If you’re actively trying to conceive, it’s a good idea to do all you can to take good care of your body and stay as healthy as can be. Also a good idea? Taking a daily vitamin with the nutrients you’ll need during pregnancy as a means of being extra prepared for when you do get pregnant. But if you’re not yet pregnant, you might be wondering if you need to take an actual prenatal vitamin in advance or if you can stick with a regular multivitamin for now.
Should you take prenatal vitamins when trying to get pregnant?
A prenatal vitamin will definitely give you the vitamins and minerals you’ll need while preparing for pregnancy and when pregnant, while a regular multivitamin might not do the trick — but you’ll need to check the label of any vitamin you plan to take to be sure.
The most important nutrient that you’ll want to check for is folic acid. Prenatal vitamins contain the amount of folic acid needed for a baby’s healthy cell and neural tube development during pregnancy — and it’s particularly important to get this amount early in pregnancy. In fact, the US Preventive Services Task Force recommends all women of childbearing age take 400-800 micrograms (mcg) of folic acid daily. And the American College of Obstetricians and Gynecologists (ACOG) recommends that all pregnant women get 600 mcg of folic acid each day. But because it can be hard to get that much folic acid just from food alone, ACOG also recommends that pregnant women take a daily prenatal vitamin with at least 400 mcg prior to getting pregnant and early on in pregnancy — at least one month before getting pregnant and during the first 12 weeks of pregnancy. (ACOG recommends 4 mg for those who are high-risk for neural tube problems)
However most prenatal vitamins will contain closer to 800 mcg of folic acid — so clearly they’ve got these needs covered. But if you happen to already be taking a regular multivitamin that does contain at least 600 mcg of folic acid, that’s great. At the end of the day, you just want to make sure you’re getting enough Vitamin C, Vitamin Bs, Vitamin D, iron, and folic acid. If you can get those nutrients from a daily multivitamin you already like, feel free to stick with it. But most regular multivitamins just don’t contain the recommended amount of folic acid, so do check the label to know for certain.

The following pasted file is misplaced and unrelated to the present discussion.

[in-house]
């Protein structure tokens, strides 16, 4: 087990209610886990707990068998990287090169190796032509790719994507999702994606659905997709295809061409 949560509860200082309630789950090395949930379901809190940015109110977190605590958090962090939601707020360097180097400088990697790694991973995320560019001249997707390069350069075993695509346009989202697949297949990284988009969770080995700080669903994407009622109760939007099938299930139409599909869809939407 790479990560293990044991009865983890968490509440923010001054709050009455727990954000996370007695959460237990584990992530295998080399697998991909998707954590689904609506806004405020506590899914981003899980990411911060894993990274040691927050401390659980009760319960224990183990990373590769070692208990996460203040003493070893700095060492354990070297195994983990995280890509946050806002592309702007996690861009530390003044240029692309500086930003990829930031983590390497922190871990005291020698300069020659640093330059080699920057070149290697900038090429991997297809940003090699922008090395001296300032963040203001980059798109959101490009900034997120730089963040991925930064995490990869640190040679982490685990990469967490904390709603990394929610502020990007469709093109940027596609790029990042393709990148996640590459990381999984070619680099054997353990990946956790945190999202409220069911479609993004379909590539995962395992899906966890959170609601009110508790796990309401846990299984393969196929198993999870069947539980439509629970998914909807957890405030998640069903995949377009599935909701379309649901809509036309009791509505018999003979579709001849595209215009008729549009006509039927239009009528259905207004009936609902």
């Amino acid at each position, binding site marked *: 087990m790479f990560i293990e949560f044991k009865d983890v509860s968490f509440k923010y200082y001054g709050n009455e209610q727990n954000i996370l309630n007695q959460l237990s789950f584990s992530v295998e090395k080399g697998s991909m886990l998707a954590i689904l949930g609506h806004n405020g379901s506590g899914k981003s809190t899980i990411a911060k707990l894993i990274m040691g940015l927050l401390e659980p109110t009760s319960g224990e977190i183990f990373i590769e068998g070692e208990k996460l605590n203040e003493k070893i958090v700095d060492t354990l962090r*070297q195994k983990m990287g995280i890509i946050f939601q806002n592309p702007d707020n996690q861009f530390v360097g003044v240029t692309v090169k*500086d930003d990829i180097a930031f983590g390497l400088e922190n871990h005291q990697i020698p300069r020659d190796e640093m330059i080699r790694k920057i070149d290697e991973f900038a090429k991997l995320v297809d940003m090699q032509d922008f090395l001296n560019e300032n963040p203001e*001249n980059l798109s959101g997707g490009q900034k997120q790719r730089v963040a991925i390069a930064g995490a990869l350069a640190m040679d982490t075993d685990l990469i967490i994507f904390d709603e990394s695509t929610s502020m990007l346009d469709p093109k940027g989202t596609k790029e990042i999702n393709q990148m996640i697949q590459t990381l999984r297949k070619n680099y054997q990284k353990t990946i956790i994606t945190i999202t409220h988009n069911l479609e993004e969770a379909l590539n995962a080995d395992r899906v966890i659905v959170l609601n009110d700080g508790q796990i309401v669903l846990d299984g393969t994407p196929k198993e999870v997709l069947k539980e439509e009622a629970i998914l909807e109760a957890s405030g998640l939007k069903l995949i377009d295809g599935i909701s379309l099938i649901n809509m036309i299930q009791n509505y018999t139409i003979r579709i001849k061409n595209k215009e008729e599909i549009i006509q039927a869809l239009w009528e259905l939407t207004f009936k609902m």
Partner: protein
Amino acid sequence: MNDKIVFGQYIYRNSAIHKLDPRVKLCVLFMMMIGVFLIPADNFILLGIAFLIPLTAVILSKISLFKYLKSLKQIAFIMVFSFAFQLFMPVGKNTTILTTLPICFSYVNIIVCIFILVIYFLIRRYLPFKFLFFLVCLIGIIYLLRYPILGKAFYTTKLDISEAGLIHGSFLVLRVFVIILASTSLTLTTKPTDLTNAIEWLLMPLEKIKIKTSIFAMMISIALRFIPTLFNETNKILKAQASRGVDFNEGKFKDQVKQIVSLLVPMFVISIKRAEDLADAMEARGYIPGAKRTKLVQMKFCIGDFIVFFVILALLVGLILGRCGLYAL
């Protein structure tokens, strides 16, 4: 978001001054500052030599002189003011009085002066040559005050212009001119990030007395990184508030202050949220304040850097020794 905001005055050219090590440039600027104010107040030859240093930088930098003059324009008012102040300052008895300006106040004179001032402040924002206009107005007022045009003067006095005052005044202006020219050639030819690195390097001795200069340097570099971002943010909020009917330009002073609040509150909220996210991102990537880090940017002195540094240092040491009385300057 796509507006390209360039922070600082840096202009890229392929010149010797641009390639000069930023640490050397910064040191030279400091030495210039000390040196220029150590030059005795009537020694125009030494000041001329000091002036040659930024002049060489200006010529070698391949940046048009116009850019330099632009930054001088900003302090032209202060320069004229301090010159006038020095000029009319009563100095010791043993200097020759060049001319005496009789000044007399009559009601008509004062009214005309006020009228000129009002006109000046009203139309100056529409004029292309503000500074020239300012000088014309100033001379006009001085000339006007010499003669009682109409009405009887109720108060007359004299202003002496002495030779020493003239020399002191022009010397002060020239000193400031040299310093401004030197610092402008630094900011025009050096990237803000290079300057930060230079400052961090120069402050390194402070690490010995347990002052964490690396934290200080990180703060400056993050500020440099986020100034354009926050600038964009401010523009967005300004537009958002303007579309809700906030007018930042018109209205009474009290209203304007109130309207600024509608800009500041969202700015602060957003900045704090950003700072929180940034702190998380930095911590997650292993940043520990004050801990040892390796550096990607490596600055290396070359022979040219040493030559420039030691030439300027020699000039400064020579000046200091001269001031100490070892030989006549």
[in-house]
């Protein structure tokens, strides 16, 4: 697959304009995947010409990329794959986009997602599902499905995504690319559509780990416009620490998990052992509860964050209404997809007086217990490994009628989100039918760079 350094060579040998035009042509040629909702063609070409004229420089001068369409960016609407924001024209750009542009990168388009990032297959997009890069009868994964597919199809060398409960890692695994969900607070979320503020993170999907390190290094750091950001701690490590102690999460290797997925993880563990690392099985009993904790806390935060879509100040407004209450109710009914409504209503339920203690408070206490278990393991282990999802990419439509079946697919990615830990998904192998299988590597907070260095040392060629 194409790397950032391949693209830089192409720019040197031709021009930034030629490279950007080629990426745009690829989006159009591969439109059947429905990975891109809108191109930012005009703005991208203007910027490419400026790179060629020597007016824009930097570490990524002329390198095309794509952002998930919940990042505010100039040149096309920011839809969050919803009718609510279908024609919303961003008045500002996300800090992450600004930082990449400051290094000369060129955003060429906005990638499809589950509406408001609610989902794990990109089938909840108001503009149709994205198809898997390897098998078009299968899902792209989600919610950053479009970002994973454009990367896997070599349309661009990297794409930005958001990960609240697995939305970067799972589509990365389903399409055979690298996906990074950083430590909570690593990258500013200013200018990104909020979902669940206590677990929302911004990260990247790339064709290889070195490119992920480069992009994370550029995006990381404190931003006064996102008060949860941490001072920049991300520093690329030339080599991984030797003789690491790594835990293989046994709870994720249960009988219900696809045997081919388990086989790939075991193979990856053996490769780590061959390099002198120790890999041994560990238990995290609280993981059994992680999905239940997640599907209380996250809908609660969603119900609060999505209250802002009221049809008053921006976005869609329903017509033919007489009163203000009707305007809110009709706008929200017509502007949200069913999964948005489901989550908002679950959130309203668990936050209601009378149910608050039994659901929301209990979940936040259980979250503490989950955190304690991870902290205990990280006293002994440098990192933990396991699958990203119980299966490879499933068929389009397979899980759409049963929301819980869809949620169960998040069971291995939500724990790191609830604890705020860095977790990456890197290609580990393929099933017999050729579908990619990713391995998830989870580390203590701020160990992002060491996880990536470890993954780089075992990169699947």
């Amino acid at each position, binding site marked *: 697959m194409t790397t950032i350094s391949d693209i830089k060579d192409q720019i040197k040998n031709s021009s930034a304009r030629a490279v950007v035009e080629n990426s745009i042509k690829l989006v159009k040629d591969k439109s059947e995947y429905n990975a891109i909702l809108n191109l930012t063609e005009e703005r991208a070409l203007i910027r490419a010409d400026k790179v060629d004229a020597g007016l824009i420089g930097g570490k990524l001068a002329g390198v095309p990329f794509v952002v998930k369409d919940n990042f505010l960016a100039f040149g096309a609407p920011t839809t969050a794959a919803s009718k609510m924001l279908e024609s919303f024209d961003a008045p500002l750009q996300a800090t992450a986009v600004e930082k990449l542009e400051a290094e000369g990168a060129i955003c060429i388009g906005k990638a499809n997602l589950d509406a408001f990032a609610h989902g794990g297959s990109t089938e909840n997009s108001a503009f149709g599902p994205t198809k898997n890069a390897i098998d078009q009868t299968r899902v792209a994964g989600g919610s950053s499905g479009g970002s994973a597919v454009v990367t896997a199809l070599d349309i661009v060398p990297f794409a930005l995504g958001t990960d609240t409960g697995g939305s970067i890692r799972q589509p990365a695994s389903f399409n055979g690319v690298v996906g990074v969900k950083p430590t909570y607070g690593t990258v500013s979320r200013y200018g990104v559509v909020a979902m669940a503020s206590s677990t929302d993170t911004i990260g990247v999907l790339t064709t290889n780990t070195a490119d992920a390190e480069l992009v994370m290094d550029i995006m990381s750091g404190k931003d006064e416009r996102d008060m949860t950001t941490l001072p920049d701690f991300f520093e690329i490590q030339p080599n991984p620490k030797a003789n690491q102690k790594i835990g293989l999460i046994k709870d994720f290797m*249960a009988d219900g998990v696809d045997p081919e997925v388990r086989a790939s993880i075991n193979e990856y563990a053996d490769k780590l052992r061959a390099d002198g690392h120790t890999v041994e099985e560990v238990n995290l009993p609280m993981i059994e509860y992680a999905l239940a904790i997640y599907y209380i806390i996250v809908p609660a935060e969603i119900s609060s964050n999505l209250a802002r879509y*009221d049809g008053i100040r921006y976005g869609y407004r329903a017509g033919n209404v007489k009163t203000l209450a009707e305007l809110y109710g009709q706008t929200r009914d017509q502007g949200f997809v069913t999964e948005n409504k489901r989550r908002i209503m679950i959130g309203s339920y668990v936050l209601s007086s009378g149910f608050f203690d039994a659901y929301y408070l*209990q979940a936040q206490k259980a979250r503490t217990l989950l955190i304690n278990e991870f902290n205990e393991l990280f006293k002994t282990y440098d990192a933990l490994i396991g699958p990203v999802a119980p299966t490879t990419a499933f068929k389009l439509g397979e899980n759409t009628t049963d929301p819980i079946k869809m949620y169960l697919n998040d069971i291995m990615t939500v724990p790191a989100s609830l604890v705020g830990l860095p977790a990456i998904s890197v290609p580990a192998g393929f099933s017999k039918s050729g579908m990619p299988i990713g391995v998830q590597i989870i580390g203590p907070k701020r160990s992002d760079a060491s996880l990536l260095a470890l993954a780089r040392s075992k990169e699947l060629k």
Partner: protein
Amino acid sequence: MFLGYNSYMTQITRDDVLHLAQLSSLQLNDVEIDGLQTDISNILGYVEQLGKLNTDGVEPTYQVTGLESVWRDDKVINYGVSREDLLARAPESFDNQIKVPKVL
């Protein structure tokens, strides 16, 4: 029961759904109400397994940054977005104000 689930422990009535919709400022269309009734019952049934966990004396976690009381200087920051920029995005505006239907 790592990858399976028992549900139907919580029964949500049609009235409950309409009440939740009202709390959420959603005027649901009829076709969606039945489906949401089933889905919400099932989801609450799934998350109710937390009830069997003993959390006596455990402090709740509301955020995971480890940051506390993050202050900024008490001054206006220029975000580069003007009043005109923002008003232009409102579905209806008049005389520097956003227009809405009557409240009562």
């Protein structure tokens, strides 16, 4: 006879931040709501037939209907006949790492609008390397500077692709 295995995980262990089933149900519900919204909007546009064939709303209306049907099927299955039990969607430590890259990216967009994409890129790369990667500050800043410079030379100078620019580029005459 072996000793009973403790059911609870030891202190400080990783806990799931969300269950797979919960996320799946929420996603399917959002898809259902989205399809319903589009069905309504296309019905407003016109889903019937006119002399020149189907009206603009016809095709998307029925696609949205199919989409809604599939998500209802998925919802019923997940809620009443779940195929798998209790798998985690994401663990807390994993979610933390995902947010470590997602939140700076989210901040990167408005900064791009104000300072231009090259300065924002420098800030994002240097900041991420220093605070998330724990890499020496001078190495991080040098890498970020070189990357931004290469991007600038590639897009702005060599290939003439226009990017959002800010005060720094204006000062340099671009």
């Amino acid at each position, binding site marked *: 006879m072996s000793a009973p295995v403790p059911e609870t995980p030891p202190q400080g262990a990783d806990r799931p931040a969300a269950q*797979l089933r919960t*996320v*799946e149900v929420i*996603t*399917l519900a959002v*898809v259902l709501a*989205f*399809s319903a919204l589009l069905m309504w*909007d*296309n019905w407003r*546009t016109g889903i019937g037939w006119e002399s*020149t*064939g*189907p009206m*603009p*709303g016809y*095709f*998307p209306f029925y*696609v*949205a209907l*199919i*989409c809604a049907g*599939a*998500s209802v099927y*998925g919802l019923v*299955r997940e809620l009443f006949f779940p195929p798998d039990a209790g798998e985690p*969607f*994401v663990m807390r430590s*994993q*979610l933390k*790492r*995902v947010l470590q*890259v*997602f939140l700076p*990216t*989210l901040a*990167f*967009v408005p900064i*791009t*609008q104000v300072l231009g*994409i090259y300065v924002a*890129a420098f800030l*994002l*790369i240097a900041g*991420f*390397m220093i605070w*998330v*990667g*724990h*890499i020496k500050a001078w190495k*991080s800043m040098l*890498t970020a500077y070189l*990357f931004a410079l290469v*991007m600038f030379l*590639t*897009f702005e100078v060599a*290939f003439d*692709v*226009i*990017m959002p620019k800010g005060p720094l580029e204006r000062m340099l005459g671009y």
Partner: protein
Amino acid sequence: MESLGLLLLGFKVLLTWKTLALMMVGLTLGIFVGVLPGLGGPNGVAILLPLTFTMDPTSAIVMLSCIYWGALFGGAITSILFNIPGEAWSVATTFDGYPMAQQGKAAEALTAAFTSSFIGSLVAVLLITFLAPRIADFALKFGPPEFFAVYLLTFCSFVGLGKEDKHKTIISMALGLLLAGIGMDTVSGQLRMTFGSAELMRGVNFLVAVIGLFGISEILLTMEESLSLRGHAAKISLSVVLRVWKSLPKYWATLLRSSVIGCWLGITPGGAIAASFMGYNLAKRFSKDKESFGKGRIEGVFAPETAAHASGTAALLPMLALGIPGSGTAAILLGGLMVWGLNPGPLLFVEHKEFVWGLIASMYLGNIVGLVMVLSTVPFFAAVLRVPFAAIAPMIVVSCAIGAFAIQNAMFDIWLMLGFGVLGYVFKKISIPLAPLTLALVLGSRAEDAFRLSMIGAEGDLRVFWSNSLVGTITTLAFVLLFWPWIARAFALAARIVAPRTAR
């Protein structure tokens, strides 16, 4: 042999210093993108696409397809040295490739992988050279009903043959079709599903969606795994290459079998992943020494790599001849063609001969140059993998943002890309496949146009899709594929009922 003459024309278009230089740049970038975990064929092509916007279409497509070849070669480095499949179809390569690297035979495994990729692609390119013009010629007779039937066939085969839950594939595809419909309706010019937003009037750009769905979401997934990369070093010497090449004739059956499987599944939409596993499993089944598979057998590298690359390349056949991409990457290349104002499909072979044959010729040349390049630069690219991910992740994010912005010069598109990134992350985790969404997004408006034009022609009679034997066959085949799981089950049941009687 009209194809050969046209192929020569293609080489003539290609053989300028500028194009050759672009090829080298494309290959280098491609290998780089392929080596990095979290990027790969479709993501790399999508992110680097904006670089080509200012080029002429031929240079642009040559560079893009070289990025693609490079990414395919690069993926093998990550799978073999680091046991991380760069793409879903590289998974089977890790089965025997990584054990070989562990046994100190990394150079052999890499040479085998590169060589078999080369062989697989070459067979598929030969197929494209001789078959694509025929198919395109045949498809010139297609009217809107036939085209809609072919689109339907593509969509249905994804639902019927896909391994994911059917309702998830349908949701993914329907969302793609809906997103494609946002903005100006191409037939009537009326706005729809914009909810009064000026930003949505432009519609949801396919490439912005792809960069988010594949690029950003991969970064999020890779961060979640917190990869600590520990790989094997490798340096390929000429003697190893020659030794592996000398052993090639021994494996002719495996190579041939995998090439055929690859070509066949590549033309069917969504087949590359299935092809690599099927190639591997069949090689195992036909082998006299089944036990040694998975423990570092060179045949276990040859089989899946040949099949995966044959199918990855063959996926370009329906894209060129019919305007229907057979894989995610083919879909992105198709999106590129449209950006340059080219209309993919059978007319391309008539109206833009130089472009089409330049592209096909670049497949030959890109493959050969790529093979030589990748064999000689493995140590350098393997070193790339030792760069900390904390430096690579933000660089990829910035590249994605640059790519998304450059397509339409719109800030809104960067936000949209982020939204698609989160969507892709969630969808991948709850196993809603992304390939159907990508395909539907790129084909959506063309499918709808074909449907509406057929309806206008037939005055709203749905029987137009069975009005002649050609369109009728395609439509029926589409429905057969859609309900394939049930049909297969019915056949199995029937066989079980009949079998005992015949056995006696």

If you’re not yet taking a daily multivitamin and actively TTC, then you should choose a prenatal vitamin, which will contain enough of the folic acid and other nutrients you need. You’ll also have the added benefit of getting acclimated to a particular prenatal vitamin that you can continue taking throughout pregnancy once you conceive. So if you haven’t started a vitamin regimen yet, kick it off with a prenatal vitamin that works for you.
- “Nutrition During Pregnancy: FAQ001.” The American College of Obstetricians and Gynecologists. American College of Obstetricians and Gynecologists, June 2020. Retrieved July 1 2020. https://www.acog.org/patient-resources/faqs/pregnancy/nutrition-during-pregnancy.
- Mayo Clinic Staff. “Prenatal Vitamins: Why they matter, how to choose.” MayoClinic. Mayo Foundation for Medical Education and Research. May 1 2020. Retrieved July 1 2020. https://www.mayoclinic.org/healthy-lifestyle/pregnancy-week-by-week/in-depth/prenatal-vitamins/art-20046945.
- US Preventive Services Task Force et al. “Folic Acid Supplementation for the Prevention of Neural Tube Defects: US Preventive Services Task Force Recommendation Statement.” JAMA. 317(2):183-189. January 10 2017. Retrieved July 7 2020. https://pubmed.ncbi.nlm.nih.gov/28097362/.